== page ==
Academy Dashboard Forum Production Mixing Positioning elements in a Mix

  • This topic has 2 replies, 3 voices, and was last updated 5 years ago by James Gorman.
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    Brian Lardaro

      Hi everyone!

      I just wanted to know how do you approach positioning elements in a mix. I mean for example make the bass sound below/down in the mix or maybe the main vox or a tambourine sound above the mix or "up". I understand this not possible as we only can pan L or R but I saw somewhere you can get that effect with reverb but I'm not quite sure how to make it work and I definitely can hear that on many good mixes!

      Thank you!

      • This topic was modified 5 years ago by Brian Lardaro.
      • This topic was modified 5 years ago by Brian Lardaro.
      Simon Brown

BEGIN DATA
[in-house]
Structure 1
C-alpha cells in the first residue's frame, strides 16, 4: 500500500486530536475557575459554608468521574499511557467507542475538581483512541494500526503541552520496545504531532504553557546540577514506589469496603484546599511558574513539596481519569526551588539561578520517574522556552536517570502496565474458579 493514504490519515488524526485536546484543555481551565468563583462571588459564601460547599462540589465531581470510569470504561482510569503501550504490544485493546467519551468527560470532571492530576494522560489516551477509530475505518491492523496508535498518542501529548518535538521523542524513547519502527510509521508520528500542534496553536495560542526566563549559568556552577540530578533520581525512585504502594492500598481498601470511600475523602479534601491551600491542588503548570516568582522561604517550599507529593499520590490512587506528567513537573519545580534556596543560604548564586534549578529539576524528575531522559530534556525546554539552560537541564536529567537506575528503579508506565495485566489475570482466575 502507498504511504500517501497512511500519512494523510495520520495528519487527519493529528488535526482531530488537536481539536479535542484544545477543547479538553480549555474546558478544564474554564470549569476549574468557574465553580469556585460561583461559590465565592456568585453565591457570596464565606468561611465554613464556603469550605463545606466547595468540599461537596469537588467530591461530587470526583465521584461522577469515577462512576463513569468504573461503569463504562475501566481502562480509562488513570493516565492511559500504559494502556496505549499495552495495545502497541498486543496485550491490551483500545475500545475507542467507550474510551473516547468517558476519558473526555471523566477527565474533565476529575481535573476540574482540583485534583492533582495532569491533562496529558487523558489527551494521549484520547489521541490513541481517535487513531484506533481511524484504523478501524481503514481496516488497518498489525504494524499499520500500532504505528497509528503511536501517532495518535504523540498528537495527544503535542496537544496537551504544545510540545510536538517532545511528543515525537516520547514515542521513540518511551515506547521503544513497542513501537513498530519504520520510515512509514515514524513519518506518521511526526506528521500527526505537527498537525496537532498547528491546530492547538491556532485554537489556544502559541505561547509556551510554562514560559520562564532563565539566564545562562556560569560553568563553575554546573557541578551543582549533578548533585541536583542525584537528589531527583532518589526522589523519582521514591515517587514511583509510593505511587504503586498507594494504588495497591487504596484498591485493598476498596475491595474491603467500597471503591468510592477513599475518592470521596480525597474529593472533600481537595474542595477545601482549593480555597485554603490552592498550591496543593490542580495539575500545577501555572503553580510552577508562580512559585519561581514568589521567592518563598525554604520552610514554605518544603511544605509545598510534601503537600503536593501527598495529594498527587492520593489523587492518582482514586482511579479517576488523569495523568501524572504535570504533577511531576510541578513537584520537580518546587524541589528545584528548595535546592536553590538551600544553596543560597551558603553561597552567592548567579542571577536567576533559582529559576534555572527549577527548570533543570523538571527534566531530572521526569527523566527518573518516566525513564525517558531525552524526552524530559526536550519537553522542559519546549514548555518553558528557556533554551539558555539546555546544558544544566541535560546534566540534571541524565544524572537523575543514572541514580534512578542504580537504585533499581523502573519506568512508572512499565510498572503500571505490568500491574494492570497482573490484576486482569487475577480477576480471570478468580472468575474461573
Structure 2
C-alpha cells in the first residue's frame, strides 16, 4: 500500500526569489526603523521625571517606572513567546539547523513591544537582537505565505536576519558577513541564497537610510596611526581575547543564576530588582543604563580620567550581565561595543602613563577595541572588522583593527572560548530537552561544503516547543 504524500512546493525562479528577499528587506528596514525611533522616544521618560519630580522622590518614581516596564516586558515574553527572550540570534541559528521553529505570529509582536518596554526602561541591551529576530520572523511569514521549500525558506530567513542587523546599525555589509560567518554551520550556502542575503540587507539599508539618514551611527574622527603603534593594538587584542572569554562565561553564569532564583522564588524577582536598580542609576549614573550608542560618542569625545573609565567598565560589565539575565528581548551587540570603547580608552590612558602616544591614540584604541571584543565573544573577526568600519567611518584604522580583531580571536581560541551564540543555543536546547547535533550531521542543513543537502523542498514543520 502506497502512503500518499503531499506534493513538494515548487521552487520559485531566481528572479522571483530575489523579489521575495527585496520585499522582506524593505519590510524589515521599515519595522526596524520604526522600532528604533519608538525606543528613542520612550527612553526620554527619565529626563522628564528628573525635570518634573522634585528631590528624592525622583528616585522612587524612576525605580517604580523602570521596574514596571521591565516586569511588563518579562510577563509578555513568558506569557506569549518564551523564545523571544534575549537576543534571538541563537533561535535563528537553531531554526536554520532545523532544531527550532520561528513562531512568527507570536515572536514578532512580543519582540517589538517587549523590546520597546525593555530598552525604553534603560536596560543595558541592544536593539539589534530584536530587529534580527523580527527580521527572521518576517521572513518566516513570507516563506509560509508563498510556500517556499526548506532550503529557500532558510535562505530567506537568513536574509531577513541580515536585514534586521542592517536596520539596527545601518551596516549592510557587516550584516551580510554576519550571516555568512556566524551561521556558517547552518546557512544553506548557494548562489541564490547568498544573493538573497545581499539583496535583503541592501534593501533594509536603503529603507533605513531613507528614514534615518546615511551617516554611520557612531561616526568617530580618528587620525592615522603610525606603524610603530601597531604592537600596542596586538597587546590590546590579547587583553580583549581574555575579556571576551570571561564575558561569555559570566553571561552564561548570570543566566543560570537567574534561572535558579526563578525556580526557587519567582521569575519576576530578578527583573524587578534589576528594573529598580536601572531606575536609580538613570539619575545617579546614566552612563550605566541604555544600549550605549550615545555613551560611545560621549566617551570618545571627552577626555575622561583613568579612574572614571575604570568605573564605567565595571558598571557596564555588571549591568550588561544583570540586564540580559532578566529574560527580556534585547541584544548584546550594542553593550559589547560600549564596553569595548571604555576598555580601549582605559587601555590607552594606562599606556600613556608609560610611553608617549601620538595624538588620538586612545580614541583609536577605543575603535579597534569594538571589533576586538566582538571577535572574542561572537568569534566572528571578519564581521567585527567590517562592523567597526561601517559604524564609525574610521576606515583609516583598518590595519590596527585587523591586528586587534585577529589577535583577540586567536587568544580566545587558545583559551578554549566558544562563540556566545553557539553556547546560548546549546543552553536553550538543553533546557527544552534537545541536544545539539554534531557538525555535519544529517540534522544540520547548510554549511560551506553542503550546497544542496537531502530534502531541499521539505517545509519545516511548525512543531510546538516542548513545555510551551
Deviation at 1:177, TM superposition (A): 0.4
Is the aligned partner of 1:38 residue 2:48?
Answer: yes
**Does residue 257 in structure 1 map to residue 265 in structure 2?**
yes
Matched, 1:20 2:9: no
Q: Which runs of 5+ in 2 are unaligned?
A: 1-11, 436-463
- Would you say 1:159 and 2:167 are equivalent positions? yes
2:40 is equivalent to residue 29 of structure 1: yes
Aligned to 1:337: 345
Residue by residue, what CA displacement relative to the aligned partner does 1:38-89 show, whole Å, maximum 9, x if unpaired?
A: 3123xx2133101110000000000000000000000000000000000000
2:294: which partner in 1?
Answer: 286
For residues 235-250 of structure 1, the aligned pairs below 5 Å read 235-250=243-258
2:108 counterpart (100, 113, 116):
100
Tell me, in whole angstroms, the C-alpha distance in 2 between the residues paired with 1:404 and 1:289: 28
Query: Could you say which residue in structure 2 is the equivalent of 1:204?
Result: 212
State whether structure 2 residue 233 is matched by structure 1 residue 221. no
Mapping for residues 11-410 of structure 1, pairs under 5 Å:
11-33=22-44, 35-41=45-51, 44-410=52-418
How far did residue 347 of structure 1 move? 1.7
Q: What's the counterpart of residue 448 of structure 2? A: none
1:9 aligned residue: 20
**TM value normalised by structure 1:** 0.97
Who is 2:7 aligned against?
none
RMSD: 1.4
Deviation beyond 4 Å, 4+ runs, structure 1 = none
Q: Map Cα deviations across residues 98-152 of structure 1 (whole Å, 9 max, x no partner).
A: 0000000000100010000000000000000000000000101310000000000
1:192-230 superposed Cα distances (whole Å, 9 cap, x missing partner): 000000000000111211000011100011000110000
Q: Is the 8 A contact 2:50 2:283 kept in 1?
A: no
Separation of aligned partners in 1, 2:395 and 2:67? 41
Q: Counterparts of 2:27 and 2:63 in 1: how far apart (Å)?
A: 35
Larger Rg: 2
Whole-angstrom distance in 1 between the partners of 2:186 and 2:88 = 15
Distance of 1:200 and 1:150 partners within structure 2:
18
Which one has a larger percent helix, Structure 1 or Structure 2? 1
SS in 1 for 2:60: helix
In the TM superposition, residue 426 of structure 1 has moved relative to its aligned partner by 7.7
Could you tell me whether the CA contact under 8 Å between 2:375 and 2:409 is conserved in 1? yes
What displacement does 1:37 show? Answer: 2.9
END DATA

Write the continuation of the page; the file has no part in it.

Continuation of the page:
I'm still learning this too (aren't we all) but to a very crude approximation, more reverb tends to make sounds seem more "distant", less tends to make them seem "closer". For vocals at least you probably also want to control the dynamics so the level is reasonably consistent.

        Some carving of space with EQ will help things to sit "on top of" other elements in the mix. Another thing I'm still learning to do.

        James Gorman

          Up and down _usually_ mean treble or bass heavy. It sounds like you're also talking about front-to-back depth. For this you have three main things to play with:

          - relative volume: louder is closer
          - EQ: as things move further away, the tops and bottoms roll off
          - ambience: ambience has two parts (a) size; and (b) distance; balancing these two will move things front to back. Eg, if the reverb is big, and loud compared to the source, the source will sound further away (and you can layer EQ on to this as well). Pre delay will also add distance between the source and the reverberation.

          I was looking for numbers on EQ and distance, and found this article

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